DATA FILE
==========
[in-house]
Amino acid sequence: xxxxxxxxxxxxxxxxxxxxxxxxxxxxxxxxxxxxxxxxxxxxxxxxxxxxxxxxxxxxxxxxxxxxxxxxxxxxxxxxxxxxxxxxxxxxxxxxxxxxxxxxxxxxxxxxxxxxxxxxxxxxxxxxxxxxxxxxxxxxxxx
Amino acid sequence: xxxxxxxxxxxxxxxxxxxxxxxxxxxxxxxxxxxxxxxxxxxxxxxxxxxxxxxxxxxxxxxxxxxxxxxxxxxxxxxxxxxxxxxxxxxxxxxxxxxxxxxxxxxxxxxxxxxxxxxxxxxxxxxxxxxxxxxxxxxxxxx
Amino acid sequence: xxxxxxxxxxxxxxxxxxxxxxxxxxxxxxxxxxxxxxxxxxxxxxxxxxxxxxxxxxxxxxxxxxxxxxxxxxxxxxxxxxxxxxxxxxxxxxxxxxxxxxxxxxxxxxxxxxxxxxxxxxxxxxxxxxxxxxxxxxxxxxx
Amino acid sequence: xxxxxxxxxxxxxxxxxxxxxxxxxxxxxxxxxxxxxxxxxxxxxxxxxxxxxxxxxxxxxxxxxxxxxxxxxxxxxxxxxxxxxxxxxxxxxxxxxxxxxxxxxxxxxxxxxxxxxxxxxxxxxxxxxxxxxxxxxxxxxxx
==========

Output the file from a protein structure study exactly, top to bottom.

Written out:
[in-house]
Amino acid sequence: xxxxxxxxxxxxxxxxxxxxxxxxxxxxxxxxxxxxxxxxxxxxxxxxxxxxxxxxxxxxxxxxxxxxxxxxxxxxxxxxxxxxxxxxxxxxxxxxxxxxxxxxxxxxxxxxxxxxxxxxxxxxxxxxxxxxxxxxxxxxxxx
Amino acid sequence: xxxxxxxxxxxxxxxxxxxxxxxxxxxxxxxxxxxxxxxxxxxxxxxxxxxxxxxxxxxxxxxxxxxxxxxxxxxxxxxxxxxxxxxxxxxxxxxxxxxxxxxxxxxxxxxxxxxxxxxxxxxxxxxxxxxxxxxxxxxxxxx
Amino acid sequence: xxxxxxxxxxxxxxxxxxxxxxxxxxxxxxxxxxxxxxxxxxxxxxxxxxxxxxxxxxxxxxxxxxxxxxxxxxxxxxxxxxxxxxxxxxxxxxxxxxxxxxxxxxxxxxxxxxxxxxxxxxxxxxxxxxxxxxxxxxxxxxx
Amino acid sequence: xxxxxxxxxxxxxxxxxxxxxxxxxxxxxxxxxxxxxxxxxxxxxxxxxxxxxxxxxxxxxxxxxxxxxxxxxxxxxxxxxxxxxxxxxxxxxxxxxxxxxxxxxxxxxxxxxxxxxxxxxxxxxxxxxxxxxxxxxxxxxxx